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What you need to know for 08/24/2017

UPDATE: Man pleads guilty in Rotterdam bombing case

UPDATE: Man pleads guilty in Rotterdam bombing case

Lawrence Ahrens, the man who orchestrated a bombing campaign against a romantic rival in Rotterdam l

Lawrence Ahrens, the man who orchestrated a bombing campaign against a romantic rival in Rotterdam last year, pleaded guilty to related charges Monday.

Ahrens, 34, admitted arson and weapons counts in exchange for a sentence of 15 years in state prison. He had originally faced a host of charges that could have put him in prison for up to life. He is to be sentenced Oct. 10.

In court Monday morning, Ahrens at times appeared reluctant to take the plea deal, but he soon admitted that he was guilty of the crimes and that he directed others to commit them.

Prosecutor John Healy said his office made the offer because ultimately no one got injured. The two victims — Ahrens’ former girlfriend and her new boyfriend, the target of the bombing campaign — also approved of the offer.

“Nobody was hurt, that was the main thing,” Healy said afterward.

Ahrens’ attorney, Cheryl Coleman, said he pleaded guilty after multiple discussions about the case and the evidence.

The evidence, she said, included recorded phone calls, one of them set up by police after a co-conspirator was arrested but before Ahrens knew of the arrest. The co-conspirator was arrested after the last bombing, leaving the target’s home.

“There were pretrial rulings in this case that let a lot of evidence come in,” Coleman said.

Ahrens was accused of leading the scheme, recruiting others to damage the rival’s home using explosives.

On March 17, 2012, a bomb was detonated on the man’s front porch and smashed his bedroom window as he slept. A week later, another device was detonated near a dormer on the second floor of the home, causing damage to the roof.

Ahrens pleaded guilty Monday to one count each of second-degree arson and first-degree criminal possession of a weapon. The arson count relates to the March 17 bombing. The weapons count relates to a device Ahrens possessed in a garage at the time of his arrest.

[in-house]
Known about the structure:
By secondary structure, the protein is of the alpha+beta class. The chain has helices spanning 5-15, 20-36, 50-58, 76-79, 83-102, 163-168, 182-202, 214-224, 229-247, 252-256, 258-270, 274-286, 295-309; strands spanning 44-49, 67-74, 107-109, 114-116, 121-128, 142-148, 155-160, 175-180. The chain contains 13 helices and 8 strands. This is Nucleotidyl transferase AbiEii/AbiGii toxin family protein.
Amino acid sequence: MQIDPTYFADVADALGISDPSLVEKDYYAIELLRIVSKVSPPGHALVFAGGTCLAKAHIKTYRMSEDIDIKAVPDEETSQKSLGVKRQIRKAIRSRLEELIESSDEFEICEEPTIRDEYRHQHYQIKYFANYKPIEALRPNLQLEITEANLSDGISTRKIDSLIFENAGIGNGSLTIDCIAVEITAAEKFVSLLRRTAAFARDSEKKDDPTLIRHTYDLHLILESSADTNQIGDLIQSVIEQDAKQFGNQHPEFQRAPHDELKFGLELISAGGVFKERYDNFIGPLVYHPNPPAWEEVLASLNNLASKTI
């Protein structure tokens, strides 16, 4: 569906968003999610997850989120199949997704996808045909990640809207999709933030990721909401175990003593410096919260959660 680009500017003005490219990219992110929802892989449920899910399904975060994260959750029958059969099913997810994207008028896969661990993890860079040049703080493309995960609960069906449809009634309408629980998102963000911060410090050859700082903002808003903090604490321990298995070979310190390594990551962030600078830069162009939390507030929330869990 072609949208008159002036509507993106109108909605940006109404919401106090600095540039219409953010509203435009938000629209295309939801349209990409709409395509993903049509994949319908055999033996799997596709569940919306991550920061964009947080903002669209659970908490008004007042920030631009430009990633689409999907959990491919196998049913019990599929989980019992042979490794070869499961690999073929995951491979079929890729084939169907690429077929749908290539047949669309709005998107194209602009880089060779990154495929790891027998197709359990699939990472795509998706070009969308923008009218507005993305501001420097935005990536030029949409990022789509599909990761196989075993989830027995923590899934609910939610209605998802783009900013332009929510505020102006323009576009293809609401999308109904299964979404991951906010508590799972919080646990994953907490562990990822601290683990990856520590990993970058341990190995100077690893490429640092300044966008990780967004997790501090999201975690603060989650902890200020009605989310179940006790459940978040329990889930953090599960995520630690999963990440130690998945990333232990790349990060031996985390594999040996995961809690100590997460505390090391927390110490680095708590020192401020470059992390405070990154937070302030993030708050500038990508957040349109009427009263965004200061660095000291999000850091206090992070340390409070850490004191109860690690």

Early in the court appearance, Coccoma asked Ahrens if he was pleading guilty because he was, in fact, guilty.

Ahrens first responded that he wasn’t guilty, that he was taking a plea deal. After consulting with his attorney, though, Ahrens confirmed he was guilty.

“Is that the truth?” Coccoma responded. Ahrens said it was.

Ahrens said he paid the others to commit the crimes, but he didn’t remember how much.

Ahrens also said he understood that he was guilty of the arson as the person who directed the act, even though he didn’t do the act himself.

He described the explosive device he admitted to possessing as flash powder compressed in a tube, and said he had gotten it from a friend.

Three others were charged in connection with the case; all have since pleaded guilty.

Michael Chambers, 34, of Draper Avenue, Rotterdam, pleaded guilty in October 2012 to related charges. He faces between 10 and 15 years in state prison at his sentencing.

Amy Brzoza, 32, of Kellar Avenue, Rotterdam, faces 41⁄2 to 131⁄2 years after pleading guilty to related charges in October 2012. It was Chambers and Brzoza who were arrested leaving the scene of the final bombing.

The other person pleading guilty to related charges was Michael Garry, 32, of Glenville Street, Rotterdam. Garry pleaded guilty in September 2012 to an arson count for detonating a device on the target’s truck. He faces five to 15 years at his sentencing.

Ahrens remains free on $250,000 bond, which was posted over the summer. Coccoma made it clear to Ahrens that he must show up for sentencing and not commit any crimes until then.

If he does either, the judge won’t have to go along with the agreed-upon prison term and could sentence Ahrens consecutively to the maximum time on both counts, a total of 50 years. Ahrens indicated he understood.

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